Many of you Americans will be familiar with that certain kind of pop/country song that looks back on the good old days of yesteryear, those carefree, reckless days of mythical youth: driving Camaros, drinking Boone's Farm wine, singing the hit songs of the day, and, yeah, all that. Well, here's a song that springs from that same place in the heart, but in an Afghani version, and a wee bit more political in its message, here and there, than the American versions: it's Farhad Darya's Oo Ghaitaa, translated as "Those Were the Days".
posted by flapjax at midnite on Sep 7, 2014 - 13 comments

Damn video rental outlets and cheese stores selling Argentine parmesan!

Has your neighborhood become 'upscale'? Take a San Francisco gentrification quiz from 1985 and find out. In 1985, the San Francisco Chronicle ran a tongue-in-cheek quiz allowing readers to see if their neighborhood had turned upscale. It's interesting to see how many of these types of business no longer exist (travel agencies!) and to think about what some of the others have morphed into almost three decades later.
posted by Blue Meanie on Aug 18, 2014 - 65 comments

The raygun Gothic future which never came still exists for me

But in addition to our retreat into wishfulness, something else was brewing: a sense that the past was not only better than the present, but that the past’s predictions for the future were also better than what had actually become the present. No longer content to live in (or through) our memories of the past, we also yearned to live in the past’s vision of the future. We were nostalgic for yesterday’s prognostications: You could say that we succumbed to prognostalgia. Living with our backs to the future, on the cultural fixation with past dreams of the future, on the 50th anniversary of Isaac Asimov's write-up on the 1964 World's Fair, which is still being reviewing to track Asimov's hits and misses [via mefi projects] [more inside]
posted by filthy light thief on Aug 16, 2014 - 15 comments

"An awfully classy hook"

The Wonder Years. An Oral History.
posted by zarq on Aug 8, 2014 - 21 comments

U Remind Me of a Year That I Once Knew...

Throwing a theme party? Need some background music whilst checking out your ex's facebook pics? Do you pine for times gone by? Step into the Nostalgia Machine!
posted by stinkfoot on Jul 23, 2014 - 104 comments

Iron Horses

Iron, Steam and Coal. Photographer Matthew Malkiewicz captures the timeless beauty of the steam locomotive and steam trains - the steam, the tracks, the folks who run them and just the folks who love them. (Via Petapixel)
posted by caddis on Jul 22, 2014 - 4 comments

Traction Park, redux

The World's Most Dangerous Amusement Park Opens Its Gates Again: (Class) Action Park, perennial MetaFilter favorite, is back in business! [more inside]
posted by flex on Jul 8, 2014 - 56 comments

"She had led them into and out of some mighty thrilling episodes."

“Would you like to – solve mysteries? belong to a secret club? ride, swim, travel, go to parties with the best friends in the world? Then the wonderful adventures of Trixie Belden are written just for you. Don’t miss a single one!” [more inside]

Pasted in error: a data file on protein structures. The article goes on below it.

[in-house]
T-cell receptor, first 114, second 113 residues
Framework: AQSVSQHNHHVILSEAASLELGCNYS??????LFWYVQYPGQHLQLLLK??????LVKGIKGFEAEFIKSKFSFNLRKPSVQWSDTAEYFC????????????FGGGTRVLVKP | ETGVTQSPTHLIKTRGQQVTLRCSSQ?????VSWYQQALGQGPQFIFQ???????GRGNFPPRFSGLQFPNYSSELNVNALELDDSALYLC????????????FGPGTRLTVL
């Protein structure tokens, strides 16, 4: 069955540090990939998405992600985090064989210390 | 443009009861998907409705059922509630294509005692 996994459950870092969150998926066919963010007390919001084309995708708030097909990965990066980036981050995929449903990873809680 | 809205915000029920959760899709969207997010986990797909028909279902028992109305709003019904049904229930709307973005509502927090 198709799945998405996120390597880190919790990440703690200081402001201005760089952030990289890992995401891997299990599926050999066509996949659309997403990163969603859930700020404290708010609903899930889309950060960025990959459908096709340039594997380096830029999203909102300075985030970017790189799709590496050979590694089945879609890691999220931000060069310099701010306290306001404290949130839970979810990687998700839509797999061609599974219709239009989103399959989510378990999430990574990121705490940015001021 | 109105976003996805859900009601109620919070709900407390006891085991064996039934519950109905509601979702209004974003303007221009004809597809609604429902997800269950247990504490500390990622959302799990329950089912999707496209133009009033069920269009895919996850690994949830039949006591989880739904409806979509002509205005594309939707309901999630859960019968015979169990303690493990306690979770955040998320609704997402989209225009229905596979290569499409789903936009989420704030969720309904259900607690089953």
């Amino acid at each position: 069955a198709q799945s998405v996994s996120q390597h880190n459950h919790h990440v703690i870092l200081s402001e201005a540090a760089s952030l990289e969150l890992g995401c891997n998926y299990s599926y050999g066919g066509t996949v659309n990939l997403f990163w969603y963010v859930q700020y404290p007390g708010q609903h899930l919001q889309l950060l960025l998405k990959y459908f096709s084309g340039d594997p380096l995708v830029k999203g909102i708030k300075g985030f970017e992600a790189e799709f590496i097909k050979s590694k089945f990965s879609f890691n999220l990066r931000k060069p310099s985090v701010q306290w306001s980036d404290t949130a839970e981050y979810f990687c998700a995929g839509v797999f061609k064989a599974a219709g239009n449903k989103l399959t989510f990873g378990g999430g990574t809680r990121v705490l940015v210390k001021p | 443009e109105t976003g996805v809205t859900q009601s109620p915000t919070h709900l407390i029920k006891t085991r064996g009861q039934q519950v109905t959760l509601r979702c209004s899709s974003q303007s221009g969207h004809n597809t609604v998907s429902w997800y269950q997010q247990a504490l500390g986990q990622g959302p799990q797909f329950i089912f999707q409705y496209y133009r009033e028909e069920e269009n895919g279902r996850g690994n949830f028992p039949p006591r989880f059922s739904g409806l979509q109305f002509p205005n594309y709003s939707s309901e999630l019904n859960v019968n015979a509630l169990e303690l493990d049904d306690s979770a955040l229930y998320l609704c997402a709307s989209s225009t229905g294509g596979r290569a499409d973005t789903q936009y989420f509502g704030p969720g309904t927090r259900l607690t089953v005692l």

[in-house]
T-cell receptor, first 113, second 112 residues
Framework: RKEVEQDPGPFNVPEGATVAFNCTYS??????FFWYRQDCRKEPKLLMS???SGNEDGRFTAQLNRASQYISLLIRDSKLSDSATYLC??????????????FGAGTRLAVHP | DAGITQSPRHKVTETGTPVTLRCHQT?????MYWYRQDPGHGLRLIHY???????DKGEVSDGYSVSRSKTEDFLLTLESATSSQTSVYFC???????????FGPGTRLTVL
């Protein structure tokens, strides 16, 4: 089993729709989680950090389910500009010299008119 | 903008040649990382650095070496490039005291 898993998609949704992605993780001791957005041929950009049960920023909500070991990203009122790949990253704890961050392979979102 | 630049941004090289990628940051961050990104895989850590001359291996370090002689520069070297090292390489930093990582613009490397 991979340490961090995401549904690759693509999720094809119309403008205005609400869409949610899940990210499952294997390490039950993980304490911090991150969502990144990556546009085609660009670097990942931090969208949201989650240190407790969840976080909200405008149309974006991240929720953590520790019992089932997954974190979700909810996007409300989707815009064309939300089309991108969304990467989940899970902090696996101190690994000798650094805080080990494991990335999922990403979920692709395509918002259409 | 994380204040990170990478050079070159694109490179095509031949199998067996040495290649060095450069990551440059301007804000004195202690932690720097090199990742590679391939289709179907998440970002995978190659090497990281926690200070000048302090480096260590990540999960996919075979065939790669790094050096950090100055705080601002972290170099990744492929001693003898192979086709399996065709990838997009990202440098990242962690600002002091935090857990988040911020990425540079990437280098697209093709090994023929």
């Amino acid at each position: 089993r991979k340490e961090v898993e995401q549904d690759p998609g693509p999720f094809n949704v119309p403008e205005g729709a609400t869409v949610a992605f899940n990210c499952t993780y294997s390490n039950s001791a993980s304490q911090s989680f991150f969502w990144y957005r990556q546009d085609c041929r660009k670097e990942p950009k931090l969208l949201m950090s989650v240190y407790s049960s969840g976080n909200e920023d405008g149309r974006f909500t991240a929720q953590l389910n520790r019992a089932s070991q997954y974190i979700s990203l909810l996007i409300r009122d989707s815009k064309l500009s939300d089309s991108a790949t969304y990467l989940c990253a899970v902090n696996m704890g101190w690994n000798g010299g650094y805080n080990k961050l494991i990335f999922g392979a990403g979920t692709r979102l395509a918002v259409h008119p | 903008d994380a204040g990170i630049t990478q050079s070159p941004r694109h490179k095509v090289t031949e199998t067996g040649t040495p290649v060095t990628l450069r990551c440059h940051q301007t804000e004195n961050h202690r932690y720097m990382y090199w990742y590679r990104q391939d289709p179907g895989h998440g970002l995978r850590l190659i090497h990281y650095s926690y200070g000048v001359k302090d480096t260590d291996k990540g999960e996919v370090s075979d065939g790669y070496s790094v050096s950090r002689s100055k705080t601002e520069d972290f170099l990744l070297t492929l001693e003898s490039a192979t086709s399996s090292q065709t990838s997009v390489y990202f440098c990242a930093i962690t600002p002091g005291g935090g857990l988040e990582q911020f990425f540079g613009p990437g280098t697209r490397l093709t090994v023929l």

posted by szechuan on Jul 2, 2014 - 26 comments

Learning languages with Muzzy, the clock-eating fuzzy alien

“Je Suis La Jeune Fille.” “Yes, that’s French they’re speaking. But no, these children aren’t French – they’re American!” If you grew up in the late 1980s and early 1990s, or watched children's TV programming from that era in the US or UK, no doubt you saw that commercial for Muzzy (formally titled Muzzy in Gondoland). The show was first produced by the BBC in 1986 to teach English as a second language, as seen in this playlist of five videos, and later expanded with Muzzy Comes Back in 1989 (six episode playlist). The shows were both translated in to French, German (playlist), Spanish (and the Spanish vocabulary builder), and Italian (Muzzy in Gondoland, Muzzy Comes Back).
posted by filthy light thief on Jun 28, 2014 - 32 comments

And together, THEY FIGHT CRIME!

During the late 1970's and 1980's, Glen A. Larson's lighthearted television dramas were incredibly popular: Knight Rider. B.J. and the Bear. The original Battlestar Galactica. Quincy M.E. The Fall Guy. Magnum, P.I. Buck Rogers in the 25th Century. Larson had hit after hit and it seemed he could do no wrong. But he did produce three flops in the 80's, (and another in the 90's that managed to last two seasons): Automan, The Highwayman, Manimal and Night Man. [more inside]
posted by zarq on May 16, 2014 - 138 comments

The Prodigy, still raving after 20 years

Twenty years after originally forming, the English electronic/ rave/ big beat group The Prodigy were back on tour for their fifth studio album, Invaders Must Die. On July 24, 2010, the "40-somethings bounce around a stage like men half their age, owning festival-sized audiences" like rising dance stars wish they could. The performance was recorded and released the next year, and you can see the hour plus of World's On Fire in full on Vimeo. (NOTE: NSFW lyrics) [more inside]
posted by filthy light thief on Apr 29, 2014 - 67 comments

Brushed chrome details and a shag carrying case.

ALT/1977 is a series of advertising mock-ups which imagines modern products with the aesthetics and production of 1970s consumer electronics. Faux-wood paneling, angular fonts, and more orange than you can shake a stick at.
posted by codacorolla on Apr 17, 2014 - 60 comments

Ever wanted to be Cary Grant in North by Northwest? Now you can.

Pullman rail cars: A detour back through time [more inside]
posted by valkane on Apr 13, 2014 - 27 comments

Reviving the Scarab of Ra